CSC 492 Software Development Process

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  1. Project File
    1. Project Problem Statement
    2. Project Progress Reports
    3. Final Project Reports
    4. Project Code
    5. Research Projects

In general, these problem-solving activities can be divided into the following categories:

  • Understanding the Problem Statement, and, necessarily, technologies that are useful in solving the problem,
  • Planning the Problem Solution in light of the leverage provided by these technologies and knowledge, experience and skills of the team,
  • Implementing the Problem Solution, including verification and validation of the solution,
  • Delivering the Problem Solution, including appropriate documentation.

In CSC 492, we use a formal software development process to expose you to typical software development process language and to give you an opportunity to build a software product in a professional environment. This process also enables monitoring by faculty and project sponsors by providing work elements and checkpoints that are evaluated and graded.

The objectives of using this process to develop new applications are to:

  • Provide a disciplined, logical, and business-oriented approach to project development that meets pertinent elements of ISO 9000,
  • Guide the creation of a detailed and auditable Project File,
  • Enhance teaming skills of project participants,
  • Enable project participants to refine their writing, presentation, and other communication skills.

Simply described, in CSC 492, each team must:

  1. Choose and follow a software development methodology,
  2. Plan and log activities appropriate to the chosen methodology,
  3. Provide written and oral progress reports,
  4. Deliver a final product.

Project File

Updates are made to the Project File throughout the semester. Each team has the responsibility to provide these updates in the form of project-related documentation as described below. Student teams use the online Senior Design Center (SDC) document submission system to submit drafts and final versions of each document as required. The final forms of each document are graded by instructors.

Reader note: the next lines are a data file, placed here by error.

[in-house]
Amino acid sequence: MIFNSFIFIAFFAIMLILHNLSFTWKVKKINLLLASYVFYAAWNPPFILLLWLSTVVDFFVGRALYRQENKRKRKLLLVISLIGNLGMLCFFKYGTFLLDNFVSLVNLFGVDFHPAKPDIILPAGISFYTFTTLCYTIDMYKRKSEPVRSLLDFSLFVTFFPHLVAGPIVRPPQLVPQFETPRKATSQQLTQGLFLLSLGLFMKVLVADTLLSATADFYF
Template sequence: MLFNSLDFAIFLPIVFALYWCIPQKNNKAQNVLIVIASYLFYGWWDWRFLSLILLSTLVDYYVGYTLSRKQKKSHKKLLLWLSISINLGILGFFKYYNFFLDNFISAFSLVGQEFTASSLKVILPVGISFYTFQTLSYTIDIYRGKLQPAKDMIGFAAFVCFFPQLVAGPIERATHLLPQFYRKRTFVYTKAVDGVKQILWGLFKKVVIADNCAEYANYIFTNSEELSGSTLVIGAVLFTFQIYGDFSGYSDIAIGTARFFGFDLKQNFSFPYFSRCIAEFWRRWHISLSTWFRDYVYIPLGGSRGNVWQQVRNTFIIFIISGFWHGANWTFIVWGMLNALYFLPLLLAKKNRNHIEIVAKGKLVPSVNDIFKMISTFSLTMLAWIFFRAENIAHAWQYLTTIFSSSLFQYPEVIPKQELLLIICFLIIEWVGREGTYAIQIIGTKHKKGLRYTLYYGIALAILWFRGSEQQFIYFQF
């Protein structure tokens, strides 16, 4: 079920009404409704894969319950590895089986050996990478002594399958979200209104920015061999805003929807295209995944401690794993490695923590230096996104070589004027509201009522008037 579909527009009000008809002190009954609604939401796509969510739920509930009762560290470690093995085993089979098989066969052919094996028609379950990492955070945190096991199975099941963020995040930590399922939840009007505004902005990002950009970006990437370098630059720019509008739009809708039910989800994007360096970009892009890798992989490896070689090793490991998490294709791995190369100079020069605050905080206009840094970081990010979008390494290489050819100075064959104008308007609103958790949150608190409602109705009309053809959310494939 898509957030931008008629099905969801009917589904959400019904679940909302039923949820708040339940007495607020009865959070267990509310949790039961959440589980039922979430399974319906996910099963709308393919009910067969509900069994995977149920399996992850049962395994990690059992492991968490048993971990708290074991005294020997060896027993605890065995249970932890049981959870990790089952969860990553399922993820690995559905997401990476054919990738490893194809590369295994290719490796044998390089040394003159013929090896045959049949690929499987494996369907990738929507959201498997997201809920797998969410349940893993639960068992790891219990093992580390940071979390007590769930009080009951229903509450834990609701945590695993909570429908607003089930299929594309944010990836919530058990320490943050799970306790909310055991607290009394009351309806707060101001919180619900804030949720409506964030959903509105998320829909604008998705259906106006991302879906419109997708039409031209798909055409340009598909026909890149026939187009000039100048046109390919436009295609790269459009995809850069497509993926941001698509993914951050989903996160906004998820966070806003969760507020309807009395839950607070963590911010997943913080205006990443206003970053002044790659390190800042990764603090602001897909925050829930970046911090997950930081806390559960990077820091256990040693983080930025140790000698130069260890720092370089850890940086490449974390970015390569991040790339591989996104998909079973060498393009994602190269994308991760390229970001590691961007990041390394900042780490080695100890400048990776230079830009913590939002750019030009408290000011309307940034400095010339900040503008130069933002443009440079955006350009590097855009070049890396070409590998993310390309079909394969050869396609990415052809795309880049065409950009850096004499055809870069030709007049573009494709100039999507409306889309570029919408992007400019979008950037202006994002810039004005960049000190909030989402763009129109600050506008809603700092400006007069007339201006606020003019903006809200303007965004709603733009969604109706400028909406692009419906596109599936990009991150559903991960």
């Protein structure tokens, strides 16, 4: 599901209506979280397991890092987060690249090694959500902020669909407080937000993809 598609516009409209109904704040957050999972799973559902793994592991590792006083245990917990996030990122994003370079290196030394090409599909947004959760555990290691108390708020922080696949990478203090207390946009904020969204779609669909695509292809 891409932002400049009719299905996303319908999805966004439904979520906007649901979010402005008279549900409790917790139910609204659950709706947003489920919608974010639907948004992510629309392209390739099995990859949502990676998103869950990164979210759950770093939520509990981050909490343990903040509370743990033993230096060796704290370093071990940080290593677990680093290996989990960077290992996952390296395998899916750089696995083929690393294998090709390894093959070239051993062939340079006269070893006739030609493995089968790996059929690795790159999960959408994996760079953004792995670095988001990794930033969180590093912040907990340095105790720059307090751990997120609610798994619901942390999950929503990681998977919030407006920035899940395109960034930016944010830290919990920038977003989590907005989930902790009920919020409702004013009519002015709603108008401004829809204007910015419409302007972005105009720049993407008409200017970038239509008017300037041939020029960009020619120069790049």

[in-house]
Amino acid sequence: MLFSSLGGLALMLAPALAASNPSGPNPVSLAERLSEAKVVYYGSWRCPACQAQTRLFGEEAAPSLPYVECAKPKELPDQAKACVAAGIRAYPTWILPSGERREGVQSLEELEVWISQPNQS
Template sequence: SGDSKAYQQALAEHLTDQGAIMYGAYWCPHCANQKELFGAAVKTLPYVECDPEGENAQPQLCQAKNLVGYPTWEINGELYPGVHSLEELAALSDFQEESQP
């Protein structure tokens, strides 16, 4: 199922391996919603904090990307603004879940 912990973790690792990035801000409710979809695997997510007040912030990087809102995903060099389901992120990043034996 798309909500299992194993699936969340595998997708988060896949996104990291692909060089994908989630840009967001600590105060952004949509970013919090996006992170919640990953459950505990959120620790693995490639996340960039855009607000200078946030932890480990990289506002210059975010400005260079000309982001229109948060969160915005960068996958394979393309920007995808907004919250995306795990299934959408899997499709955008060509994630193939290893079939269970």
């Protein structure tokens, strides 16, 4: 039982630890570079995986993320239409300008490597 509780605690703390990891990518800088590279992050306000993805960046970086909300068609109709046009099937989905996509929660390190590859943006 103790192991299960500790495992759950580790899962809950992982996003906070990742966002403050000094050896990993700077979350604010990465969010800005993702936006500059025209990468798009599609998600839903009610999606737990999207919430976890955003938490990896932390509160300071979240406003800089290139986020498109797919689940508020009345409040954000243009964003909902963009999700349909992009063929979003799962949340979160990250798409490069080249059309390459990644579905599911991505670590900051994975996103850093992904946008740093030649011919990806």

The contents of a Project File are as follows (details about each item are provided below):

Project Problem Statement

On the first day of class, you will be given a Project List that includes a problem statement for each project. Software projects in the SDC cover a wide range of application venues. Some involve a GUI, a database, and business logic as specified by the sponsor (i.e., a model-view-controller design pattern). Others ask for development of real-time or control software. Occasionally, projects are research or experimental in nature and require frequent prototyping and re-prototyping. Industrial projects come into the SDC after a meeting between the NCSU CSC industry partner (ePartners Program) and the SDC Director. When a project has been identified, it is assigned to a student team and a Project File is initiated. All projects start with a meeting between the team, sponsors, faculty mentor, and team coordinator.